How Are Sentencing Guidelines Used In Criminal Cases In Virginia?

by J.D. Garrett on August 11, 2012

After someone is convicted of a felony in Virginia, whether it be after entering a guilty plea or a trial, the Circuit Court judge will order a presentence report. A presentence report is prepared by a probation officer and includes various background, family, and employment information about the defendant. One of the items included in the presentence report is a calculation of sentencing guidelines.

Sentencing guidelines give a point value to several factors, including the particular charge, the defendant’s prior criminal record, and some aggravating factors such as use of a weapon and victim injury. After calculating the various factors, that score is compared to a sentencing table that has been established by the Virginia General Assembly to set a recommended sentencing range. The purported purpose of this range is to ensure that defendants convicted of similar crimes who are in similar situations receive similar treatment from the various judges and courts throughout the Commonwealth.

When judges impose sentences, they will generally suspend a portion of that sentence. They may impose a five year prison sentence and suspend four years, leaving one year to serve – the active sentence. The only legal restriction on the court for sentencing is the maximum sentence set by the statute. The sentencing guidelines recommend to the judge what that active sentence should be. While departure from the recommendation is not uncommon, judges do sentence within the guideline range in most cases. It is important to remember that sentencing guidelines are advisory only, and a sentencing judge may impose a sentence within those guidelines or depart from them either downward in favor of the defendant, or upward in favor of the Commonwealth.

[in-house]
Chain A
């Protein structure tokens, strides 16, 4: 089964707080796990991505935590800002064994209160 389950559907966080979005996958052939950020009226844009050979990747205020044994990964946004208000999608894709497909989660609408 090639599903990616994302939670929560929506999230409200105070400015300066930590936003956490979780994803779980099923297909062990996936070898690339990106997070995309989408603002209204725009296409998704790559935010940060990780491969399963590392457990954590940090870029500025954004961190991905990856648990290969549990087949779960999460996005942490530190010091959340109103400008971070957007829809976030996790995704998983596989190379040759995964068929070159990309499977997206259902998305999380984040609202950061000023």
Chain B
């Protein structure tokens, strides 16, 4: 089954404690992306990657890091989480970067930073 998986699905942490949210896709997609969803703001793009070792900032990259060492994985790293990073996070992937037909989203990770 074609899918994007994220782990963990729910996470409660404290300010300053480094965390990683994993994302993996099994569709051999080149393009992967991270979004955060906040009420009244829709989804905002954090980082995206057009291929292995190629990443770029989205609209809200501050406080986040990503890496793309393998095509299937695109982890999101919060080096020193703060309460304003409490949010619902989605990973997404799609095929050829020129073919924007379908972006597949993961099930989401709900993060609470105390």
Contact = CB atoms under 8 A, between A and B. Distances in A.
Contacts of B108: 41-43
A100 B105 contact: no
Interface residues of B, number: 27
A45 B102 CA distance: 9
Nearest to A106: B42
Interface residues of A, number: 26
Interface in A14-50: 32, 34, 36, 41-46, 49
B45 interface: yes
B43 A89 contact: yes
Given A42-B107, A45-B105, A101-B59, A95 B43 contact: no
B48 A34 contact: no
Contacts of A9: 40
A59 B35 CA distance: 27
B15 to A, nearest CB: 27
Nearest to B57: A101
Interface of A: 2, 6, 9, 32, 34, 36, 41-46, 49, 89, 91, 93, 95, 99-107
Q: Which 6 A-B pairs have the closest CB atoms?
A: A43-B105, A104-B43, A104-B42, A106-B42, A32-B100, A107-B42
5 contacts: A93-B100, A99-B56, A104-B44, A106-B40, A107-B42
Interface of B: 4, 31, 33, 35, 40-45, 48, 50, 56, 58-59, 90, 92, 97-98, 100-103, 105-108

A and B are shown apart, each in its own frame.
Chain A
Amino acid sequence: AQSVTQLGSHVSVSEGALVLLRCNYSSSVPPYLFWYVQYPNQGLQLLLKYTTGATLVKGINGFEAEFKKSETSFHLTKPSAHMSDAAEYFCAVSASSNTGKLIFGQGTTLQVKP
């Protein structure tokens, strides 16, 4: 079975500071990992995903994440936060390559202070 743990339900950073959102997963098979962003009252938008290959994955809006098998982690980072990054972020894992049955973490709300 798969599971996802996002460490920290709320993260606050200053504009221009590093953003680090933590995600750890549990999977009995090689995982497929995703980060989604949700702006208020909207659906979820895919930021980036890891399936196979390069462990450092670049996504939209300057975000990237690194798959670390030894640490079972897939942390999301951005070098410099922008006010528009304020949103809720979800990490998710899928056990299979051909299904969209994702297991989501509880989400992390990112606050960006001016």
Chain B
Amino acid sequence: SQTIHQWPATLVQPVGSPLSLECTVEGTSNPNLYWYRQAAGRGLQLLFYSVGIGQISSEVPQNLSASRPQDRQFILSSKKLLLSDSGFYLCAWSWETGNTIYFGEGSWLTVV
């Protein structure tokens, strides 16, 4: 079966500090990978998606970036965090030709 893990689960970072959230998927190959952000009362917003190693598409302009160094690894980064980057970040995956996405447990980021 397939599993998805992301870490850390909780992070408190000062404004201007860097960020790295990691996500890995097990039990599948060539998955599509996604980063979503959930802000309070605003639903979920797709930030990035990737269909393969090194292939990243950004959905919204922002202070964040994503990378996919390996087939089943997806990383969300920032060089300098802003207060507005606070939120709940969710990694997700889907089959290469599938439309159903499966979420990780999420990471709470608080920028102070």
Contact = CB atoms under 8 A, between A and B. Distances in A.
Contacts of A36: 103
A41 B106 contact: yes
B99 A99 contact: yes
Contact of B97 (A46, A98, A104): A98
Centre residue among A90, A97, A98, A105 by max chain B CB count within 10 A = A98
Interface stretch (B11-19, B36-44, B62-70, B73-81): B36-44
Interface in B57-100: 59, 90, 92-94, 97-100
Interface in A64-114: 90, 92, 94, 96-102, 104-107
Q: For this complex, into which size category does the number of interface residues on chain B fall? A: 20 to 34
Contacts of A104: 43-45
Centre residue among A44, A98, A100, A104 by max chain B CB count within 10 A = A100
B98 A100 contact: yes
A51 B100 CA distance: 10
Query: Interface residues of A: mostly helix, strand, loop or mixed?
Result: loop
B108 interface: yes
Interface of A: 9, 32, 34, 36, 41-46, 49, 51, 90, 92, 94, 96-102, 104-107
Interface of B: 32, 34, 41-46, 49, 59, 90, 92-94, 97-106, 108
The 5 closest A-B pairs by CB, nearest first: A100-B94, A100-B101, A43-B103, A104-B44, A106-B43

When preparing for a sentencing hearing, a criminal defense attorney should evaluate not only the presentence report and sentencing guidelines, but also things not included in that report, such as other sufferings of the defendant due to the offense, positive contributions by the defendant to the community, and their involvement in the community through church, business or civic organizations.

A sentencing hearing is the opportunity for a criminal attorney to show the defendant in a more positive light that just that of a convicted felon. If you have been charged with a criminal offense in Hampton Roads, VA, you should contact an experienced Virginia Beach criminal defense attorney to help you.

Contact our criminal lawyers today for a free consultation about your case. (757) 422-4646. Our Virginia Beach criminal attorneys are available to answer your questions 24/7/365.


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